The state issues mask requirement for kindergarteners as testing ramps up for students and staff
The state is now requiring small children to wear masks in public places, including kindergarteners returning to school.
State health officials are pointing to a recommendation from the American Academy of Pediatrics that says young children should wear face coverings.
Delaware Division of Public Health (DPH) Director Dr. Karyl Rattay previously advised against young children wearing masks, but now says children over the age of two don’t typically have a problem with masks.
“Although we had been slightly reluctant to require face coverings in younger children before, American Academy for Pediatrics came out earlier this month with a really strong statement around face coverings for children, feeling that we had really, in many ways, underestimated kid’s ability to tolerate face coverings,” said Rattay.
Rattay adds most children with underlying health conditions can still wear face coverings as well.
The updated recommendation will be written in a modification to Governor Carney’s State of Emergency order, but the state will not be actively enforcing the change, according to DPH.
The new guidance comes as the state is getting underway its effort to test students, faculty and staff for COVID-19 ahead of schools reopening.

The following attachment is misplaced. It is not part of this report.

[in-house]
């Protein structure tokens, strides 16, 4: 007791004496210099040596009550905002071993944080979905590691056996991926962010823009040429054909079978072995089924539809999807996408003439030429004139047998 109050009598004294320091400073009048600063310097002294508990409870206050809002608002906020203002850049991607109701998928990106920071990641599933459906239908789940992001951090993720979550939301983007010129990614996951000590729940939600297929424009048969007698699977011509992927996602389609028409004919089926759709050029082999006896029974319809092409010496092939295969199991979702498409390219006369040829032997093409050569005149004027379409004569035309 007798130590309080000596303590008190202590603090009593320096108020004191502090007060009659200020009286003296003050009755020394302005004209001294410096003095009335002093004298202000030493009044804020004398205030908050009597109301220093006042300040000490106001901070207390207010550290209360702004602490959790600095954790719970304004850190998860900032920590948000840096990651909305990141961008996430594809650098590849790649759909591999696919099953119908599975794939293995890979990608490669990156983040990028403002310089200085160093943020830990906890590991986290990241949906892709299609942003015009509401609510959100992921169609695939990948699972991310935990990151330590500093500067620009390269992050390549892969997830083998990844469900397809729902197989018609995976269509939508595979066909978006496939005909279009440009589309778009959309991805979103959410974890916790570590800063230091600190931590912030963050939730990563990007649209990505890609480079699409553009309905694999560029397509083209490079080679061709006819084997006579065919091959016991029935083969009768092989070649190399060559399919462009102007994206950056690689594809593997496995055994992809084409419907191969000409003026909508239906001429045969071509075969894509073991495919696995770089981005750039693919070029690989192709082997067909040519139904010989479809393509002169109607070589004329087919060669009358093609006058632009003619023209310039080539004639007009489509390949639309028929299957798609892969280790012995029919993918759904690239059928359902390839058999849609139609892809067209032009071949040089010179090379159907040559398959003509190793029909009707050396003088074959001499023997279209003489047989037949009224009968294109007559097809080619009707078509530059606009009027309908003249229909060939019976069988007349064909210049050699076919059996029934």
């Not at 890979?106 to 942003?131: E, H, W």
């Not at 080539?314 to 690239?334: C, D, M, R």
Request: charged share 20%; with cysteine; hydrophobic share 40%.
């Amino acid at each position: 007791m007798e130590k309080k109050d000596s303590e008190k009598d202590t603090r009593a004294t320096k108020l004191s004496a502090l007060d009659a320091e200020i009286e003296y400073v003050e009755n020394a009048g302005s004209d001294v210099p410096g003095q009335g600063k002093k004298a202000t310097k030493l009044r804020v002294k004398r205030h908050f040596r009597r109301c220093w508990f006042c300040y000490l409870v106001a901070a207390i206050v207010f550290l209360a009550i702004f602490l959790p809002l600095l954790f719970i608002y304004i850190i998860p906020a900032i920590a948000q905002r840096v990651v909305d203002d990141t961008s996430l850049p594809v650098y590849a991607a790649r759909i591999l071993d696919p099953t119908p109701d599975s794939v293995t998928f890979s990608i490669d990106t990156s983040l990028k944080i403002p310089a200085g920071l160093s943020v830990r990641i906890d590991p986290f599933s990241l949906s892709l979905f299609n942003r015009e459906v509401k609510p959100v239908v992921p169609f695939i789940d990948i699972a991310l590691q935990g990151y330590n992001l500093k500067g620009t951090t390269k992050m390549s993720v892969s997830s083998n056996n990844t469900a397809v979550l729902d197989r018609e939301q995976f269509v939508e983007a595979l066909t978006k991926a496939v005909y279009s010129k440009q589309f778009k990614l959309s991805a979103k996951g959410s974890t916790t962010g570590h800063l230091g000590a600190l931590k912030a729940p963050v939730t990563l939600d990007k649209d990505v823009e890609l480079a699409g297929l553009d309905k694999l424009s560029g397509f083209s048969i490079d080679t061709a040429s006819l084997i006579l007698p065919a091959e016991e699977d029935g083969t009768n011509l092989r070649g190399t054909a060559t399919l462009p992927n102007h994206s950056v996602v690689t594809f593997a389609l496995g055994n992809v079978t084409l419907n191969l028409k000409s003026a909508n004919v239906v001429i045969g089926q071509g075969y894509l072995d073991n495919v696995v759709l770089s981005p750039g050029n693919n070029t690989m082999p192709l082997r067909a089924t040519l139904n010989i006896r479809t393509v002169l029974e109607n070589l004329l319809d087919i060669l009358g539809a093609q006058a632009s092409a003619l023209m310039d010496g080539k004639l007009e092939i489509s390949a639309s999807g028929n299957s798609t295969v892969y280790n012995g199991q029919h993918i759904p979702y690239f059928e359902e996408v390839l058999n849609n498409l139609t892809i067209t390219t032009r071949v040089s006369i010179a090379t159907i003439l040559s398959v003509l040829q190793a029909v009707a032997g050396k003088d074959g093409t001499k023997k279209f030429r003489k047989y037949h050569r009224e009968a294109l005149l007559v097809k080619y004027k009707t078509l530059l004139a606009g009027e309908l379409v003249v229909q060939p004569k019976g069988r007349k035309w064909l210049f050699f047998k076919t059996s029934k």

Delaware is using the Vault at-home test for school staff at all public schools returning to in person learning. State officials say 11,000 invites to receive the test in the mail have been sent out so far.
The goal is to then test 25% of school faculty each week during the school year.
The state also began holding testing events in school gymnasiums this week for students who want to get tested before they go back to school.
But officials say less people are getting tested overall statewide.
Delaware Emergency Management Agency Director A.J. Schall notes about 41,000 people have been tested in Delaware so far this month compared to 71,000 in July.
“At the same time, we had some severe weather that played a role and really wiped out several nights and a few days of testing,” said Schall. “At the same time, we really haven’t had that emotional type news that has made the front page like we did in June and July to get people to show up in a little faster fashion.”
Schall adds the state is not “turning anyone away” and testing options are available.